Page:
How to Calculate a Bank Loan
Once they decide to borrow some money from a bank, people generally start worrying about obligatory monthly payments first. Is this loan acceptable for you, given your monthly income and other necessary expenses?
A great idea is to use a loan payment calculator to help you find the right answers and check whether you will be able to repay the loan. If you learn how to calculate the interest rate for the loan, you will have a better understanding of the whole contract before you decide to sign it. So, here is what you need to know about calculating a bank loan.
#1 Learn About the Benefits of Using a Loan Calculator
It’s a wonderful option to receive a fast answer with the help of such online calculators. The help potential borrowers grasp the idea of the bank loan and demonstrate them how future decisions may affect their finances. For instance, you may compare the outcome of taking out a small sum of money or borrowing with a lower interest rate. Once you know what is better for you, you can negotiate the interest rate and the loan terms with the bank.
It’s important to know how much you can actually afford to pay back on a monthly basis to figure out how much you can borrow. So, loan repayment calculator facilitates this process and helps to know what to expect. How can you know whether taking out a personal loan is the right decision?
Firstly, ask yourself what you need the money for. Do you need to eliminate another high-interest debt? Are you willing to pay off the urgent bills? In any case, you need to find the most affordable loan option. Sometimes even a personal loan with a lower interest can give you larger monthly payments. Other bank loans may be with variable interest rates which tend to get higher after a certain time period.
#2 Consider the Interest Rate
Secondly, consider the interest rate of the potential loan before you actually start calculating it. Did you know that in order to qualify for a loan with the lower interest rate your credit score needs to be high enough? So, if you have some time before you will need to take out extra funds, pay attention to your credit score and start building it up if it’s not very high. The best way to do this is to pay all your bills on time and check the credit reports.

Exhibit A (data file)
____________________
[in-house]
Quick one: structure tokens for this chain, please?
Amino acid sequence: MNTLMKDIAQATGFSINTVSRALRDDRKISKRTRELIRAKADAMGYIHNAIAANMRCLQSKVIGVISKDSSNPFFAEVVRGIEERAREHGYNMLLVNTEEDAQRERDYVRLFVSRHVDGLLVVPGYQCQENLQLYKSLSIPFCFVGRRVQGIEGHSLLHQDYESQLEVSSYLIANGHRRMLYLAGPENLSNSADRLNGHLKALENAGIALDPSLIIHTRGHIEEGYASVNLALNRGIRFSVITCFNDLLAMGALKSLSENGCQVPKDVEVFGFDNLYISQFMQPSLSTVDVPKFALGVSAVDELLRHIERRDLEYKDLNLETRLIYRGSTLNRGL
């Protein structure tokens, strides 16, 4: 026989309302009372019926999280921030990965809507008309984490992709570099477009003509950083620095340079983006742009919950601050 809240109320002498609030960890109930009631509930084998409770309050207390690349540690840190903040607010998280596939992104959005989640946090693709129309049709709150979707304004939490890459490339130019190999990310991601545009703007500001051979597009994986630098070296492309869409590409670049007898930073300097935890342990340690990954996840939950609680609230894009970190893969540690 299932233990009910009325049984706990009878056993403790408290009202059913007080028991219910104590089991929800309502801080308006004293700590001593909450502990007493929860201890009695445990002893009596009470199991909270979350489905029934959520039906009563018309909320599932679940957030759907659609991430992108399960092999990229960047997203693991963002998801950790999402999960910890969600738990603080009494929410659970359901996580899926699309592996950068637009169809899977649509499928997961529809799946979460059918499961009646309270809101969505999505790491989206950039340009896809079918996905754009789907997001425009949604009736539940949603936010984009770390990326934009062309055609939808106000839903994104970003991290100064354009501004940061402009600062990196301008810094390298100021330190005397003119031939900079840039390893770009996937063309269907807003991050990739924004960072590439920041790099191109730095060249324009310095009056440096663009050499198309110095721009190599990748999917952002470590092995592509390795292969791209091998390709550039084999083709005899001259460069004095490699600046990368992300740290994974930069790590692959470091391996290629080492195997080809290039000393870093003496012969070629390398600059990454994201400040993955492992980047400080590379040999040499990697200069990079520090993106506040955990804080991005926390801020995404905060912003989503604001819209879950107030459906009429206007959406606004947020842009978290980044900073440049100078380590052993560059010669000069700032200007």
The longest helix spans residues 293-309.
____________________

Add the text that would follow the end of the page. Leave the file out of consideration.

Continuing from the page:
When you’ve checked and built your credit score, it’s time to shop for the best loan option. Don’t hesitate to visit several banks, compare loan terms from various credit unions and peer-to-peer lenders. Watch out for any penalties and extra fees that can make your life harder and may prevent you from repaying the debt on time. Always read the terms and conditions of the loan thoroughly. Avoid bank loans with exit fees (some lenders may charge them after the borrower repaid the loan in full).
#3 Select a Personal Loan Calculator
After you’ve shopped for the most suitable and affordable loan option, it’s time to choose a loan calculator. There are various calculators and other financial software for various types of loans. For instance, borrowers don’t have to repay anything in the early years with interest-only loans – they just pay the interest. With amortizing loans, you will need to repay the loan balance over a certain period of time. You may use the following options:
- Use a common loan calculator: Go online and choose Google Sheets calculator for any auto or home loans. It will do the math part for you.
- Build a spreadsheet: Microsoft Excel and Google Sheets can also be useful for creating more detailed spreadsheets to calculate your repayments year-by-year. If you still find it difficult, here other several examples of payment calculations to help you out and show how it works.
Taking Out a One-Year Loan
Let’s take the example of a borrower willing to take $1,000 from a bank for a period of one year and having to pay $70 of interest. This is how a loan payoff calculator works:
Interest Rate / Principal = Effective Rate on a Common One-Year Loan. So, $70/$1,000 = 7 percent – this is the interest rate you will need to pay off.
At the same time, if you keep this sum of money for a shorter time period, this bank loan will become less attractive. For instance, taking out $1,000 for a period of 180 days and the same interest rate of 7 percent will make your annual interest much higher.
Effective Rate = Interest Rate/Principal X Days in the Year (360)/ Days of Your Loan
$70/$1,000 X 360/120 = 14 percent
Here the effective rate of interest will be twice as high as the borrower will use the loan funds for less than a year.
To sum up, it’s essential to do the research and shop for the best deal first. Online loan calculators can help borrowers know whether a certain loan is affordable for them in the long run. Be a responsible borrower and only take out the amount of money you know you will be able to pay off.